Tonkatsu, that savory, deep fried, porky Japanese comfort dish is perfect for a cozy night in. Katsu is great over rice, in a sandwich, or even “slathered with Japanese curry,” say the authors of Japanese Soul Cooking. This recipe reveals a family secret on how to make katsu even crunchier: coat the pork with egg and flour twice.
If preparing katsu isn’t for you, perhaps try Kimukatsu on Sawtelle, where The Los Angeles Times’s Betty Hallock wrote about it as a favorite pick on the popular street on the westside often dubbed ‘Little Osaka.’
Listen to Evan’s interview with the authors of Japanese Soul Cooking, Tadashi Ono and Harris Salat, below.
3⁄4 pound cabbage, cored
4 fillets boneless pork shoulder or pork loin (about 1 pound), about 3⁄4 inch thick
salt and ground black pepper
1⁄2 cup flour
2 cups panko crumbs
Vegetable oil for deep-frying
4 teaspoons Japanese karashi mustard
1⁄2 cup tonkatsu sauce, store-bought or homemade
steamed rice, for serving
Slice the cabbage as thinly as possible (you can use a mandoline or other slicer).
To prepare the pork fillets, lay the fillets flat on a cutting board. Tap the fillets with the back edge of a kitchen knife (the edge opposite the blade) to dig notches into the meat. Turn the knife so the flat side is facing the fillets. Pound the meat with the knife’s flat side about 6 to 8 times on each side of the pork to flatten the meat to about 1/2 inch thick. Cut 1/2-inch notches into the white fat of the fillets, which will prevent the fillet from curling when frying. (Fat shrinks faster than the meat when deep-frying.) Season the fillets on both sides with salt and pepper. Transfer the prepared pork fillets to a plate.
Beat the eggs in a bowl and set aside. Prepare 4 plates. Pour the flour onto the first plate. Pour the beaten egg onto the second plate. Pour the panko onto the third plate. Leave the fourth plate empty for now (this plate will hold the breaded tonkatsu).
Place a cast-iron skillet on a burner. Fill the skillet with vegetable oil to a height of at least 1 inch. Attach a deep-fry (or “candy”) thermometer to the side of the skillet. On a work surface near the skil- let, set up a tray lined with newspaper or paper towels to drain the cooked tonkatsu. Turn the heat on to high. Heat the oil to 340°F.
While the oil is heating, bread the fillets. First, dredge a fillet in flour on both sides and shake off excess flour. Second, dip the fillet into the egg, coating both sides. Third, repeat the process, dredging the pork in the flour again on both sides, then coating it again with egg on both sides. Finally, lay the fillet on the panko crumbs. Pile panko on top of the pork with your fingers, then gently press the panko onto the fillet with the palms of your hand so a generous layer of panko sticks to the fillet on both sides. Repeat with the other fillets, then place them on the empty plate you prepared earlier.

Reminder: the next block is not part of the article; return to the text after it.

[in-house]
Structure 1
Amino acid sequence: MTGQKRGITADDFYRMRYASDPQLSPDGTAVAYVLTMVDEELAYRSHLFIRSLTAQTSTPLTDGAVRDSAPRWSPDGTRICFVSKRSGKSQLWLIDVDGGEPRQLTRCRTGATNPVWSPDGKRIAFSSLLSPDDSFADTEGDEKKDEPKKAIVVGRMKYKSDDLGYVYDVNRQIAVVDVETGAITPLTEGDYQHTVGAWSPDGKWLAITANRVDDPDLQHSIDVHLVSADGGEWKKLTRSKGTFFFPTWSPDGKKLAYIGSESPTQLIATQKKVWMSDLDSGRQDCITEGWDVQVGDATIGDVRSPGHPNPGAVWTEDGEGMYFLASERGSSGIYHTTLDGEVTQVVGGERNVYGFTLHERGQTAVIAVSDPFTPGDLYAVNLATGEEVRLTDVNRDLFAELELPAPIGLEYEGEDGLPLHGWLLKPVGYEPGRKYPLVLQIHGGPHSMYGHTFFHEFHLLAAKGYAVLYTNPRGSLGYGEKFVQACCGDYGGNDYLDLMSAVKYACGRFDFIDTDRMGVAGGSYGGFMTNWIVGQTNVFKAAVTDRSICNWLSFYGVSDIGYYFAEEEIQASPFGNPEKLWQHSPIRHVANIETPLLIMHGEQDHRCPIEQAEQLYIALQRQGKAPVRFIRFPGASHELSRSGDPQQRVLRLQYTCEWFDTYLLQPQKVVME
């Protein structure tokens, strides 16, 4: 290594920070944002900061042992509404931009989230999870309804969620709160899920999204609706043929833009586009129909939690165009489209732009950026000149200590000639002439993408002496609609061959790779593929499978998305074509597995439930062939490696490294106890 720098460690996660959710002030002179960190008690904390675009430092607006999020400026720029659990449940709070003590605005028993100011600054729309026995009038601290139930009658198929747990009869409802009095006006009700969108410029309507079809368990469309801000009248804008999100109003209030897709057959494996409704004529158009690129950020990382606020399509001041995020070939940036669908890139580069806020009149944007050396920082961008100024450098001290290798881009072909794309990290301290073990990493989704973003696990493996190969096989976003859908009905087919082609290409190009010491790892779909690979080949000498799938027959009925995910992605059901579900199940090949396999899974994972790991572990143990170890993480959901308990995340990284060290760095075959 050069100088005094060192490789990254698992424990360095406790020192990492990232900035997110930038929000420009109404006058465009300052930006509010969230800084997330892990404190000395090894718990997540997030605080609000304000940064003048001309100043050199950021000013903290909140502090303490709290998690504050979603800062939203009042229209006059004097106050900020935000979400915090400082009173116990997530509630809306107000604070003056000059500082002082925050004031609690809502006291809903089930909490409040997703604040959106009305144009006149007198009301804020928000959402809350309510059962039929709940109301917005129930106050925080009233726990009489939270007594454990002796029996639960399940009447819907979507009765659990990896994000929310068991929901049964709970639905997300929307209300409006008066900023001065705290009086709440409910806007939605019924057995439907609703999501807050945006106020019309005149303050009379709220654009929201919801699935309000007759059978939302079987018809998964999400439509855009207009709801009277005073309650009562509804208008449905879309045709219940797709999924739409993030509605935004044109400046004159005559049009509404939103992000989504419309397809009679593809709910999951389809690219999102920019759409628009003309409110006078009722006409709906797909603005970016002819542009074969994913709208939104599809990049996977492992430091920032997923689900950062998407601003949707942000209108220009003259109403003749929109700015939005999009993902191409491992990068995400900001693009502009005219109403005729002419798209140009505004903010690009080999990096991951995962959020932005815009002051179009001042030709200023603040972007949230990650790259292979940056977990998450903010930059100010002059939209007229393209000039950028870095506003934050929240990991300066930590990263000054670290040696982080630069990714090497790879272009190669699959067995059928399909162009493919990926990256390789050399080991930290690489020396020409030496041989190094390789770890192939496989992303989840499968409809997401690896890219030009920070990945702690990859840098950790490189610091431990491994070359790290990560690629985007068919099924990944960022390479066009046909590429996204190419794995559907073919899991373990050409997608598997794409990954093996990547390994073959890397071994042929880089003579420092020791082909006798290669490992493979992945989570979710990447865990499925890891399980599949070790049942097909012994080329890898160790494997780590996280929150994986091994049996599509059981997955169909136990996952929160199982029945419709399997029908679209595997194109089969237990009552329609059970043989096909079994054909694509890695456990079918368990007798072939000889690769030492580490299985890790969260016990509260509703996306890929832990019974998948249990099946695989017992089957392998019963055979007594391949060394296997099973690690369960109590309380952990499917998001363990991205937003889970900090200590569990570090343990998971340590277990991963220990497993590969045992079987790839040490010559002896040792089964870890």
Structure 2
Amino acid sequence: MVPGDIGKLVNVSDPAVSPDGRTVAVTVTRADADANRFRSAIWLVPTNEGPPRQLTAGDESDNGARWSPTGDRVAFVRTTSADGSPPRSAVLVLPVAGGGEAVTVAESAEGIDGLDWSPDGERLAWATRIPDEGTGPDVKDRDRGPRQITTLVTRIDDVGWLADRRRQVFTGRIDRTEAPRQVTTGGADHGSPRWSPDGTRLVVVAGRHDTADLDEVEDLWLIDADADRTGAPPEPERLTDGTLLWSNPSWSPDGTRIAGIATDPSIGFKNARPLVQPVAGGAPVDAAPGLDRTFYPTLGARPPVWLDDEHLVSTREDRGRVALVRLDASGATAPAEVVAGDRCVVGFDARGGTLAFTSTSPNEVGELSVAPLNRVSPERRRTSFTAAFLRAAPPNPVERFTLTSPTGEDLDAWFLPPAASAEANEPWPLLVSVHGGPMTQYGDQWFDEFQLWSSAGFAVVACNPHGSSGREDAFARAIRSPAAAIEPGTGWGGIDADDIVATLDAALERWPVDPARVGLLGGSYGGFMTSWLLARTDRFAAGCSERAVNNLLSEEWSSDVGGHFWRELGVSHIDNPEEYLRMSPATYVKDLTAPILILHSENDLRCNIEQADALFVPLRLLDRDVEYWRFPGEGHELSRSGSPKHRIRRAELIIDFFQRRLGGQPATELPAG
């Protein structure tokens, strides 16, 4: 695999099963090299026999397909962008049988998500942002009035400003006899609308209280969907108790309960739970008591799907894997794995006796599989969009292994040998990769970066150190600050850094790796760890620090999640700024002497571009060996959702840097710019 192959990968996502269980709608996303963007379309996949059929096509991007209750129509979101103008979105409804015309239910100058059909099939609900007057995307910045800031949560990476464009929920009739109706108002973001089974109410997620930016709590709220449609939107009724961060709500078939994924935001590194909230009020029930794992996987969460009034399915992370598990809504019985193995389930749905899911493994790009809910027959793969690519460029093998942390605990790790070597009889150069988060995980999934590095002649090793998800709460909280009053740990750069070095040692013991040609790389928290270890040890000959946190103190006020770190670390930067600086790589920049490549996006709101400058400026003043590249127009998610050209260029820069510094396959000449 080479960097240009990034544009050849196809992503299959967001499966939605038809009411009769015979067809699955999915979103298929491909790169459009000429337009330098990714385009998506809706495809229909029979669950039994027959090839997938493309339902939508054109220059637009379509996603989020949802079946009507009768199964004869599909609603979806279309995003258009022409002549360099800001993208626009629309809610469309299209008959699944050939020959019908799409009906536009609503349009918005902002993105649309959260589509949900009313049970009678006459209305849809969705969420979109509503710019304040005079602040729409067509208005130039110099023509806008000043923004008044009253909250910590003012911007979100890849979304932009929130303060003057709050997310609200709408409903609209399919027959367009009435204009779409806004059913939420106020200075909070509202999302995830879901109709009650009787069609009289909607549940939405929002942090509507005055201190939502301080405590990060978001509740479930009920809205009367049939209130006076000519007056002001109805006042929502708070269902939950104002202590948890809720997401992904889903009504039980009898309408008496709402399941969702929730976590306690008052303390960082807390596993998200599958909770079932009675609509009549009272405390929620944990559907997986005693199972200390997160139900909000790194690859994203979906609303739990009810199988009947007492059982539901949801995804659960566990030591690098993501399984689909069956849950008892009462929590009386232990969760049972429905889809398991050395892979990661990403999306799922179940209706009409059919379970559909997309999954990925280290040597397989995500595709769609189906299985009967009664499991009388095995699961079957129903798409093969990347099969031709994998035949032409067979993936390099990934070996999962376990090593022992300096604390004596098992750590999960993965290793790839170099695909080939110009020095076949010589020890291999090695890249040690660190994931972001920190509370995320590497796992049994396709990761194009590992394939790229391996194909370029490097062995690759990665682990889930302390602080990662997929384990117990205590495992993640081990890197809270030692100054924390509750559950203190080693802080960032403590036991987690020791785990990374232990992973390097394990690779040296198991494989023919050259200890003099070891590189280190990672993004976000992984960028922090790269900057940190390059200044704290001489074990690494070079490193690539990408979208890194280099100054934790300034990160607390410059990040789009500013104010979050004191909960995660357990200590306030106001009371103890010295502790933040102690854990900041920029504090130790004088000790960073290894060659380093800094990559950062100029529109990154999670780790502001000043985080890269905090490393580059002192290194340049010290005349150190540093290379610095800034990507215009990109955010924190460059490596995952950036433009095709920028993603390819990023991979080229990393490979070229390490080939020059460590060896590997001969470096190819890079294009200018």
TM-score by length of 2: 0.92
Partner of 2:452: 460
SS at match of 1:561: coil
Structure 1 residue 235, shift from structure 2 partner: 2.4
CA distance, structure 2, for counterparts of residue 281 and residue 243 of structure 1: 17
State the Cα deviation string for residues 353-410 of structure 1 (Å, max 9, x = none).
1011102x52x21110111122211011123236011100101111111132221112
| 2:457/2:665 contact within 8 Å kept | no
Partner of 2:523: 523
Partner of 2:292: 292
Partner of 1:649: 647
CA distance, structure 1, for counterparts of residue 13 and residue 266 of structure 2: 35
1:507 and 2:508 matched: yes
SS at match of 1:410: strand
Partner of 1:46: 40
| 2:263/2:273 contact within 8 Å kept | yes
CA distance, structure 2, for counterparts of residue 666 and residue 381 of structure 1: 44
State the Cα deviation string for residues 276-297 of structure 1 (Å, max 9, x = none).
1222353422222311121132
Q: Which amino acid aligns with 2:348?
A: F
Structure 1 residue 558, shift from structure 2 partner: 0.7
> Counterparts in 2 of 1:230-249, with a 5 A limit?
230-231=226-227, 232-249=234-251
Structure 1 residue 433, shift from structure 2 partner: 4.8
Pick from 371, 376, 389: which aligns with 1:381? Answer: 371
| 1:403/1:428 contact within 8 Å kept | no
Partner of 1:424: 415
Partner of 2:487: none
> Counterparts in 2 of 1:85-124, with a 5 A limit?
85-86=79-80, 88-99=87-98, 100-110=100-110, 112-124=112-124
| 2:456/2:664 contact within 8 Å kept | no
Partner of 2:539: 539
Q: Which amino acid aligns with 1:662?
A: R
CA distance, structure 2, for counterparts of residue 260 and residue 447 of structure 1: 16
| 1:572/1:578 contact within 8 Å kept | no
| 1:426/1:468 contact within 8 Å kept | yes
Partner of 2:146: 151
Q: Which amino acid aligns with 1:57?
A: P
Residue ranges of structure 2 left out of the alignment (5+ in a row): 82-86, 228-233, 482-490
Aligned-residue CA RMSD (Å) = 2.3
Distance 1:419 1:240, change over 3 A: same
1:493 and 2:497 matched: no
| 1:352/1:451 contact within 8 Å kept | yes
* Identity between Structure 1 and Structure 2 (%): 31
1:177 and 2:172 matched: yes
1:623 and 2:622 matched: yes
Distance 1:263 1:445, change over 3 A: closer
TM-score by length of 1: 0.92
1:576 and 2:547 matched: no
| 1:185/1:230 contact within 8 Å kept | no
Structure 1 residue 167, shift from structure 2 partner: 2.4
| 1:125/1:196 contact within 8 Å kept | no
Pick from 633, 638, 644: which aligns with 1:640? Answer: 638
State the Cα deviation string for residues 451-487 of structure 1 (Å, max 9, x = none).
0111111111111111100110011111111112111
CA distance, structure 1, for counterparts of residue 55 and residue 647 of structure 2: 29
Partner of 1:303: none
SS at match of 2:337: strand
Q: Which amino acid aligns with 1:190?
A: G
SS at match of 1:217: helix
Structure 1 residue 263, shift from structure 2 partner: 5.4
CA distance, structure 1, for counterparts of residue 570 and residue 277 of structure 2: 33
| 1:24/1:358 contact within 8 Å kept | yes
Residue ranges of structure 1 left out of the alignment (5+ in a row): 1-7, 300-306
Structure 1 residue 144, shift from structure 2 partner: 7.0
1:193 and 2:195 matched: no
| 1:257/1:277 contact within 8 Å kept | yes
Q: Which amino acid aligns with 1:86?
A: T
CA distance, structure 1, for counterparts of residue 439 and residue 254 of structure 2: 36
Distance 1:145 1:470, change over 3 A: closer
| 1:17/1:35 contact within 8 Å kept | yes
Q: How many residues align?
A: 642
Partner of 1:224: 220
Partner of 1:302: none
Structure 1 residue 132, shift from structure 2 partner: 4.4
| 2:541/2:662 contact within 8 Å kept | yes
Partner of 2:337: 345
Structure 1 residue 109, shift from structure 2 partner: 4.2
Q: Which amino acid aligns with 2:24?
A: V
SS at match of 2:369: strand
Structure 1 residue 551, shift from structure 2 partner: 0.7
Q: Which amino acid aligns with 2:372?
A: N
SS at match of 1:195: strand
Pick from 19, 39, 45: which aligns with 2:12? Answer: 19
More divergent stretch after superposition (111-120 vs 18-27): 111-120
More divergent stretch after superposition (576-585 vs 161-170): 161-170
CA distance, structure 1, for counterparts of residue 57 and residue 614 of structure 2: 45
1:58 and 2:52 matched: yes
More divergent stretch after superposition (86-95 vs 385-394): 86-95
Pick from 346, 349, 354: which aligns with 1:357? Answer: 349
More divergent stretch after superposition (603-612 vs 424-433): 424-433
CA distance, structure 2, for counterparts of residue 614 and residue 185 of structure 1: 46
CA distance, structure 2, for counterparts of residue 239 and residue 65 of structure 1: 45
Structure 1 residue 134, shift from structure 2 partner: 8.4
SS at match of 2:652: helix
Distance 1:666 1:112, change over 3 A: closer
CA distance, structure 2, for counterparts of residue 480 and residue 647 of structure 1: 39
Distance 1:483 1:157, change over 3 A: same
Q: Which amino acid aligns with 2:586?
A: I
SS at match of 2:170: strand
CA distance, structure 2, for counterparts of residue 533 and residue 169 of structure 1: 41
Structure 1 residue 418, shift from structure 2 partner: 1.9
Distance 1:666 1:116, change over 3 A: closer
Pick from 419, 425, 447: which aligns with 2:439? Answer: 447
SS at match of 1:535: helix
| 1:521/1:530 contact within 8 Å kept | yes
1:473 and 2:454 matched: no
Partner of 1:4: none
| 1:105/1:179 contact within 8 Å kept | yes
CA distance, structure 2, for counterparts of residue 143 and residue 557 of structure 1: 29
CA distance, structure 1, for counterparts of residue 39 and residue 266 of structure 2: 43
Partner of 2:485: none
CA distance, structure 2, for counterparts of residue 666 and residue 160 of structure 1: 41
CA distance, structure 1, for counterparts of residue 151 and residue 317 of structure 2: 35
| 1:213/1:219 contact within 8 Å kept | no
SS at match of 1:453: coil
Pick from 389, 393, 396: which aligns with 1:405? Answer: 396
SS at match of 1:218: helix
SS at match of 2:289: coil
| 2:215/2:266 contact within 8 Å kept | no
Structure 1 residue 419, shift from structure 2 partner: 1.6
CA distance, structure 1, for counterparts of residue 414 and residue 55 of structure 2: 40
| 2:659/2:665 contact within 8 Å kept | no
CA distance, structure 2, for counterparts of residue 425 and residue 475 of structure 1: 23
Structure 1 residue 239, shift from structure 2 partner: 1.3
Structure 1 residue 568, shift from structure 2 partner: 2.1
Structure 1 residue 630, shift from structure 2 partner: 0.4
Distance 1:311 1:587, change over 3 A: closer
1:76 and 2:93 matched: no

When the oil has heated to 340°F, care- fully slide the fillets into the skillet. Depending on the size of the skillet, cook the tonkatsu in batches. Be careful not to overfill the skillet, which will lower the cooking temperature; use, at most, half of the surface area of the oil to cook. While the tonkatsu is cooking, check the oil temperature with a candy thermometer. Regulate the heat to maintain a constant 340°F oil temperature. If the oil is too hot, the tonkatsu will burn; if it is too low, the tonkatsu will come out soggy and greasy.
Cook the tonkatsu for about 4 minutes, turning once, until the fillets turn golden brown. When they’re ready, transfer the fillets to the paper-lined plate to drain. If possible, stand the fillets on their edges, so they drain better (you can use a metal rack to accomplish this, if you have one).
Transfer the tonkatsu to a cutting board and slice into strips. For each serving, place the pork on a plate, along with a heap of sliced cabbage and a dab of mustard. Serve topped with about 2 table- spoons of tonkatsu sauce or serve the sauce on the side, as you prefer. Serve piping hot with steamed white rice on the side.
Other ways to eat tonkatsu Another delicious way to enjoy tonkatsu is to eat it as a sandwich (tonkatsu-sando, as they say). Lay a tonkatsu fillet on a slice of bread (in Japan they typically use spongy white bread, but use any bread or roll that strikes your fancy), pour tonkatsu sauce over the fillet, cover with another slice of bread, and you’re set. Perfect for the lunch pail at school or work. Tonkatsu is also amazing cooked with eggs over a bowl of rice or slathered with Japanese curry instead of tonkatsu sauce. And finally, try substituting chicken for the pork to make torikatsu, the poultry version.